“We need to ensure that New York’s schools provide every child with a quality education—and these are the voices that are too often missing from the conversation and that should be listened to carefully by state policymakers as they make key decisions about how to take advantage of the opportunities and levers in ESSA,” said Ian Rosenblum, Executive Director of The Education Trust–New York, which commissioned the poll on behalf of a statewide coalition of civil rights, education, parent and business organizations that includes the Buffalo Urban League, The Business Council of New York State, Business Council of Westchester, Capital Region Chamber, Committee for Hispanic Children and Families, DFER-New York, District-Parent Coordinating Council of Buffalo, Educators for Excellence, EPIC-Every Person Influences Children, High Achievement New York, National Center for Learning Disabilities, National Council of La Raza, New York Educator Voice Fellowship, New York Urban League, Otsego County Chamber of Commerce, Public Policy Institute of New York State, and United Way of New York City.
Coalition members believe that ESSA’s call for states to redesign their accountability policies presents a critical opportunity and important step to remedy New York’s education system—a system riven by massive systemic inequities in access, opportunity and performance, especially for students of color, low-income students, students with disabilities and English learners.
“These findings give voice to the hopes and concerns of families of color, who want to ensure that their children are prepared for college when they leave high school,” said Arva Rice, President & CEO of the New York Urban League. “Students of color and low-income students represent a majority of our state’s student population, and it is vital that their parents are being heard. ESSA is an opportunity to ensure that our state gives all students a quality education that prepares them for postsecondary success.”
“State policymakers must listen to the voices of parents and work to remedy the gaps in achievement and opportunity among students of color and from low-income families,” said Grace Bonilla, President & CEO of the Committee for Hispanic Children and Families. “ESSA represents a once-in-a-generation opportunity to advance the needs of English learners and other groups that have been traditionally underserved, and parents are saying loud and clear that the time to act is now.”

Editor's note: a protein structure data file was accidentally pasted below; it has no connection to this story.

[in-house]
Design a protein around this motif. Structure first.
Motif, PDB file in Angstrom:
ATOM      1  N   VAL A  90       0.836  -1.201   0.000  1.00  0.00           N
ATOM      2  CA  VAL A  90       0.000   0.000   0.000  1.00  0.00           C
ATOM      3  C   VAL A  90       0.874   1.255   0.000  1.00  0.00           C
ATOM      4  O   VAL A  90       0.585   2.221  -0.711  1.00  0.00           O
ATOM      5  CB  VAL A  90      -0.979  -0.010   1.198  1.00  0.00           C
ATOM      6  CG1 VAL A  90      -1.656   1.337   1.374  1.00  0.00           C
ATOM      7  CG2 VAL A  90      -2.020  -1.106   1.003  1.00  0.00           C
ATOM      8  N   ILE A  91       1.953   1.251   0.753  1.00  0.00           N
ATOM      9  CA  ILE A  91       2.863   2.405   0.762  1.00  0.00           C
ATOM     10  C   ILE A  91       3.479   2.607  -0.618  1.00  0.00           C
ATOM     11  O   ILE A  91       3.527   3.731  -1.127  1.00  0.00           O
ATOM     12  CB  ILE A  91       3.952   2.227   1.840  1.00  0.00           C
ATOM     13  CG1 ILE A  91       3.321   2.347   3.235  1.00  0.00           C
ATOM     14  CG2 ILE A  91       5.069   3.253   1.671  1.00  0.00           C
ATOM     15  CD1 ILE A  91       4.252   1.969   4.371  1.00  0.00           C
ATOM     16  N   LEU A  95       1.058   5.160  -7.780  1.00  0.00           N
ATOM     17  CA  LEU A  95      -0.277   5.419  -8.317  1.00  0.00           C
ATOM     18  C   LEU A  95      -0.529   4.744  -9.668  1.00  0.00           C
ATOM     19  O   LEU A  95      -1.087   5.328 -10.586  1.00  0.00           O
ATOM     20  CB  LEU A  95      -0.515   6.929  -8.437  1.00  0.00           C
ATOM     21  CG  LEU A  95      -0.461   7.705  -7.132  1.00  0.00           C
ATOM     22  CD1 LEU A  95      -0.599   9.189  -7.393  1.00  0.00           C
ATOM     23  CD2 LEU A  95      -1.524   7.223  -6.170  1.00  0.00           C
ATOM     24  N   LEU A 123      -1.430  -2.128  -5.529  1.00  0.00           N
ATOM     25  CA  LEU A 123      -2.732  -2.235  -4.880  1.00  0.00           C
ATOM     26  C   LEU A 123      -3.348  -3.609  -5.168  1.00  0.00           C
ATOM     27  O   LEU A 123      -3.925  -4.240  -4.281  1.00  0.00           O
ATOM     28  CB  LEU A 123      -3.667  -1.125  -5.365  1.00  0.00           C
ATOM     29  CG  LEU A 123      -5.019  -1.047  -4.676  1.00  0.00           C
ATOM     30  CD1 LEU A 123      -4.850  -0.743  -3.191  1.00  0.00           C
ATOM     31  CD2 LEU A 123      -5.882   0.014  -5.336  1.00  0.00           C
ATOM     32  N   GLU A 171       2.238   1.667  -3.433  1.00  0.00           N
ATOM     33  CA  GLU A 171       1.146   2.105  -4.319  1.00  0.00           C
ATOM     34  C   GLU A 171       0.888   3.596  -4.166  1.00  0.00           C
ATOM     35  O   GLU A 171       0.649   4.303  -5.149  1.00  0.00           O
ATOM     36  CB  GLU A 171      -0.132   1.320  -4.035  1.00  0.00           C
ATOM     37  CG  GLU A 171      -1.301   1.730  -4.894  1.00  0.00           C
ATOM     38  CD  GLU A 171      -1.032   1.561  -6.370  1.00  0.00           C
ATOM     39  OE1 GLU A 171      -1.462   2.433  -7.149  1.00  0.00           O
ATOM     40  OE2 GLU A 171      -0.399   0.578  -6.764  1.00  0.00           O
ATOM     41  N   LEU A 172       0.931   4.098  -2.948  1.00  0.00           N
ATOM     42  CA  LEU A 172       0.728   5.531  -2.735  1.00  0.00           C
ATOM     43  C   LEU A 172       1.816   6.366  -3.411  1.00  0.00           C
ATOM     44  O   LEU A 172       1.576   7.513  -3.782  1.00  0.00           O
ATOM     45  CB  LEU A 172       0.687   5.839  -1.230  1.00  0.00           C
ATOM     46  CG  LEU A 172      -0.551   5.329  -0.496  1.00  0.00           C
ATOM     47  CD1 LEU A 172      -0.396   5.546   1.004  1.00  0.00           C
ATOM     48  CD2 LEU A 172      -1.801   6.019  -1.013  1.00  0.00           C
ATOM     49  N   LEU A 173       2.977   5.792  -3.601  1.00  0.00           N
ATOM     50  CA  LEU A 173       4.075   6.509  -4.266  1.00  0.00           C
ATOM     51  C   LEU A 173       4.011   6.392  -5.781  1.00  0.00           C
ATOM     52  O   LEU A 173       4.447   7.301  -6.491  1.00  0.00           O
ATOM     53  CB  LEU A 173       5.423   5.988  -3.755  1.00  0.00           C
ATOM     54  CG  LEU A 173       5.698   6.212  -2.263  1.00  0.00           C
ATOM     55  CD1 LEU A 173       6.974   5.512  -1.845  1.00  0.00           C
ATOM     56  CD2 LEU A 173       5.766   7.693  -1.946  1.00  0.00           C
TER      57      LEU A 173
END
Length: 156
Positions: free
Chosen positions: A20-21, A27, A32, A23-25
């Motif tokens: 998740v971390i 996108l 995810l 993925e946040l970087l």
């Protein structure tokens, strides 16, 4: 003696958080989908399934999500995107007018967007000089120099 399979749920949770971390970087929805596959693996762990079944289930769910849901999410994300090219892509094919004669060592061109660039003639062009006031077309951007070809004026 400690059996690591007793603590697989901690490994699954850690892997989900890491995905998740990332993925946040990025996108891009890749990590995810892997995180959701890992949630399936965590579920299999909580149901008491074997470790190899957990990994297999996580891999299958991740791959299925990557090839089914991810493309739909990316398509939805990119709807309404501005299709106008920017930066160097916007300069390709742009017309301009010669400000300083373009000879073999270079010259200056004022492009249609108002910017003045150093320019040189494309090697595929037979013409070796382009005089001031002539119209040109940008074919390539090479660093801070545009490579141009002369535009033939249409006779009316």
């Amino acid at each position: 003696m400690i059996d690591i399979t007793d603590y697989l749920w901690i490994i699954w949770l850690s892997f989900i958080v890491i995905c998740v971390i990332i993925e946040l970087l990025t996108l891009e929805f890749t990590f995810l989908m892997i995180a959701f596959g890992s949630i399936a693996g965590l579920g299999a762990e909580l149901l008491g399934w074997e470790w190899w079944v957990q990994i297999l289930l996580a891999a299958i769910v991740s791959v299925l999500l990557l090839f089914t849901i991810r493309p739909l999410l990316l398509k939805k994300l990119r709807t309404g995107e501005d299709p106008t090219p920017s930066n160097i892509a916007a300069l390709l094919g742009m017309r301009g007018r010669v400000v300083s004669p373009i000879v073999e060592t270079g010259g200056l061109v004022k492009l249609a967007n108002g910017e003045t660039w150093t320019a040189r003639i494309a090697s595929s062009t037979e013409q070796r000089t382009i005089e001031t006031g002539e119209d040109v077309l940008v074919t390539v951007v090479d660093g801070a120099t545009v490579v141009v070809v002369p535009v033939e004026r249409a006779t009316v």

“State leaders have the responsibility to engage authentic parent voices when they develop critical education policies,” said Sam Radford, President of the District-Parent Coordinating Council of Buffalo. “Parents need to be at the table while the accountability system is being developed, as well as when schools are making decisions about how to address performance challenges.”
Kiley & Company is a Boston-based opinion-research firm that has provided polling services to a variety of political, public policy and corporate clients for more than 35 years. The firm has extensive experience conducting voter research in New York State and New York City.
The poll, which has a margin of error of plus or minus 3.2 percentage points, asked parents about their thoughts on the current state of public schools, whether the state education system is working for their children and how they think it can be improved to work for all students. It polled public school parents by telephone from across New York State and was conducted in English from November 17-23 with a demographic selection that closely mirrors the current demographics of New York State public school students.
About The Education Trust–New York:
The Education Trust–New York works to eliminate the gaps in equity, opportunity and achievement that hold back too many students from reaching their full potential, especially those who are low-income or students of color, in order to enable all students in New York State to achieve at high levels—from early childhood through college. Learn more at www.EdTrustNY.org.